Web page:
Open-pit mines endanger lives, naturePublished by MAC on 2002-09-21
Open-pit mines endanger lives, nature
Source: Jakarta Post, September 21, 2002
By Dadan Wijaksana and Musthofid , Jakarta
Environmentalists have raised alarm over a recent recommendation from legislators to allow four mining companies to resume open-pit mining operations in protected forests, citing potential huge losses to the country's biodiversity, toxic waste and the ensuing possible loss of human lives. "This (the decision) is a disgrace. It only shows, again, its (the House's) lack of commitment for the preservation of our forests," Togu Manurung, a professor at the Bogor Institute of Agriculture (IPB) and director of Forest Watch Indonesia (FWI), said at a press briefing here Wednesday. "Already, we lose more than 2 million hectares of forests each year. It's important that we protect the remainder of our forests, especially the protected ones," he said.
The government banned open-pit mining in 1999 because of its grave impacts on the environment and human lives. Longgena Ginting of the Indonesian Forum for the Environment (Walhi) concurred, pointing out that the benefits from mining operations would not offset the severe damage to the environment and ecosystem. Both Togu and Longgena insisted that the decision would be so damaging to the environment that any post-reclamation effort to bring the ecosystem back would be almost impossible. Open-pit mining means massive land clearing within a company's concession area before it can start digging for mining products. This land clearance endangers wildlife and flora in the area and its surroundings. The tailings, or chemical wastes, are toxic. The long period of mining operations, usually spanning tens of years, would produce huge quantities of toxic waste that can contaminate the surrounding lands, and often the rivers, too.
Open-pit mining also jeopardizes the lives of indigenous people in the areas as they usually have a high level of dependency on the forests. Land clearing activities will deprive the indigenous people of their land and their livelihood, threatening their existence. "These are the kinds of environmental and social costs that need to be taken into account when making the decision, instead of mere economic considerations that protect the interests of investors," Togu said. Legislators earlier claimed that the four companies had met all the requirements, which included a guarantee to prevent the impacts of their explorations on the environment, to carry out post-exploration reclamation efforts and to comply with the regulation on the amount of deposits they are allowed to procure. The four companies are PT Gag Nickel on Gag Island, Papua province, PT Weda Bay Nickel in Tabobo, Maluku province, PT Nusa Halmahera in Central Halmahera, Maluku province, and PT Citra Palu Minerals in Palu, Central Sulawesi province.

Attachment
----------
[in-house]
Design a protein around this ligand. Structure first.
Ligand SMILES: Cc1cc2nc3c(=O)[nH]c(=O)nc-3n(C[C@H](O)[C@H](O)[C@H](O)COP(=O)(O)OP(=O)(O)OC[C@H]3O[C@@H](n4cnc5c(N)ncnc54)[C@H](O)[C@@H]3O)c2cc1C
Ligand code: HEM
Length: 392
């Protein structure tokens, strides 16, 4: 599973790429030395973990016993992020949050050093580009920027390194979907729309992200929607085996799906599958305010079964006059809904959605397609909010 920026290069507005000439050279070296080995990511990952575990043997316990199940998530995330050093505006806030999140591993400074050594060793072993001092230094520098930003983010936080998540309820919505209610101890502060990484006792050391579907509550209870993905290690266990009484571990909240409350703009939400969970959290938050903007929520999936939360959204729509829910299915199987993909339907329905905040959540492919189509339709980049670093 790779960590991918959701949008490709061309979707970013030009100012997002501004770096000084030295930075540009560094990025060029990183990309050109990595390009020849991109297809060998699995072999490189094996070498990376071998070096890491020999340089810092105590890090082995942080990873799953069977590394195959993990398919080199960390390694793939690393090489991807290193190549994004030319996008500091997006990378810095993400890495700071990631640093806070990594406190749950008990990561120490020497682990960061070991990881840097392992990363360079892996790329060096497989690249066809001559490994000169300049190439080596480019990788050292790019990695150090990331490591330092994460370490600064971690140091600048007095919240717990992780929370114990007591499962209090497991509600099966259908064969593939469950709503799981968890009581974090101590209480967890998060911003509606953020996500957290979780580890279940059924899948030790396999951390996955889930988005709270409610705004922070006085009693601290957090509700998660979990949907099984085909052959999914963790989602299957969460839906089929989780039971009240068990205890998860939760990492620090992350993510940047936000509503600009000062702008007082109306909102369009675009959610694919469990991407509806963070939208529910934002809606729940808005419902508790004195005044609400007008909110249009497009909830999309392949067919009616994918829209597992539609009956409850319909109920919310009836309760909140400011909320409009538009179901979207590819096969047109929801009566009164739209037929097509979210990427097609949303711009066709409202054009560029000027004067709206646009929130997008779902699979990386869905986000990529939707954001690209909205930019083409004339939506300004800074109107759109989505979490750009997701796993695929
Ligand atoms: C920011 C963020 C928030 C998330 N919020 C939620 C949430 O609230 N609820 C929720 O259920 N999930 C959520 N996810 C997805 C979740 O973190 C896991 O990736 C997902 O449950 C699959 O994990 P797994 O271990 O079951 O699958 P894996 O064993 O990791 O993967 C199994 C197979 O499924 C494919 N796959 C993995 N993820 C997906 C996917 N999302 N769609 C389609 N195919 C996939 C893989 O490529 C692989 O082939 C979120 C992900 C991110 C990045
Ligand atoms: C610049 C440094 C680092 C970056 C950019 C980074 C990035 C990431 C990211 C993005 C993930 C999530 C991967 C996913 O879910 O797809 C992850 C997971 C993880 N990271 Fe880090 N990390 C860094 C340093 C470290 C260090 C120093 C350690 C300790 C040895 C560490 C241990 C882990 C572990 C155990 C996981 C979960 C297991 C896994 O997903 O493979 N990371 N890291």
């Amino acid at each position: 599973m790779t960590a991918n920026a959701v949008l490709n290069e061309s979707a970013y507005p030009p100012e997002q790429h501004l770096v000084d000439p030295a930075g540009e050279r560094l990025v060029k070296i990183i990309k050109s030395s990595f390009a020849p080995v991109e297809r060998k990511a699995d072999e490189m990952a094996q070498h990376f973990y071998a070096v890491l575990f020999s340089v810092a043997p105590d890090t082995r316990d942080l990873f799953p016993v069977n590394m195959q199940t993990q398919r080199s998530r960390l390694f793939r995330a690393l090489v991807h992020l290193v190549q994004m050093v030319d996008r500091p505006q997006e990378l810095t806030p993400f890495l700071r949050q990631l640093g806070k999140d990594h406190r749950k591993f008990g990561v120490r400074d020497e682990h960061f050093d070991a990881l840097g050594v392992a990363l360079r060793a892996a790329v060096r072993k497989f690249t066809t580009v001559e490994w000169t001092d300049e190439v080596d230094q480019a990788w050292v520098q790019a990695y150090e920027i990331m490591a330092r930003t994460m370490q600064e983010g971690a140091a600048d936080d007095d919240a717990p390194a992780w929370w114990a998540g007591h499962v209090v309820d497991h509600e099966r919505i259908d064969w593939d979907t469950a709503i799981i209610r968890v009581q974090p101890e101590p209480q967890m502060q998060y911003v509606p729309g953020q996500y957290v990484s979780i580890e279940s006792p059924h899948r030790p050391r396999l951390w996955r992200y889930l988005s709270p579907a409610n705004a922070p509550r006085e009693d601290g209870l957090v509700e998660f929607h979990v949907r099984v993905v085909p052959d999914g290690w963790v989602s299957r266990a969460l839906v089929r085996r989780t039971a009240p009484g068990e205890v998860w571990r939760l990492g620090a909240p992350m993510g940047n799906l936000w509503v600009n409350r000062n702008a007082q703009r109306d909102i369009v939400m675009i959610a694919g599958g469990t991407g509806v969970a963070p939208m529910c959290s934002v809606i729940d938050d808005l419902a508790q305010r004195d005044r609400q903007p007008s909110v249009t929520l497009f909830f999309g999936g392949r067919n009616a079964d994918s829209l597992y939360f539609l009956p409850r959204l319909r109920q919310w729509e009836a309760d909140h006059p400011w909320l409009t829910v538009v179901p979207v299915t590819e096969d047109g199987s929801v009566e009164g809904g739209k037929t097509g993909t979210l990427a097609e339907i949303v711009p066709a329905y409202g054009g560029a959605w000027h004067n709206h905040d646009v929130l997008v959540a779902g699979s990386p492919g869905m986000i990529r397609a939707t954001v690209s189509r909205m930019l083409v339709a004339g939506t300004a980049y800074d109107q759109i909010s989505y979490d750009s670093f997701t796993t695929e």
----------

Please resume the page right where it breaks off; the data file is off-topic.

The companies have been selected from a shortlist of 22 mining companies the government had proposed to the House to be allowed to resume mining operations after being forced to stop following the enactment of Law No. 41/1999 on forestry, which bans open-pit mining operations. There are some 150 companies that have obtained mining permits for operations in protected forests, covering about one-fifth of protected forest areas, or around 11.4 million hectares across the country. The recommendation for the four companies was issued by a team comprising members of House Commission III on forestry and agriculture and Commission VIII on energy and mineral resources, and the environment. The team is currently assessing requests from the other 18 companies and will submit the results to Commissions III and VIII. The commissions will then make their decision whether or not to grant the permits.
Togu added that the decision also violated several international conventions on biodiversity and forest conservation and protection. Indonesia has ratified the Convention on Biodiversity (CBD), agreed to the statement of Forest Principles and has become a member of the United Nations Forest Forum, meaning that Indonesia should be highly committed to these principles. Article 7 of the CBD stipulates that countries are obliged to prevent negative impacts from forest exploitation activities, while Article 8 states that countries must develop protected areas with the goal of conserving those areas.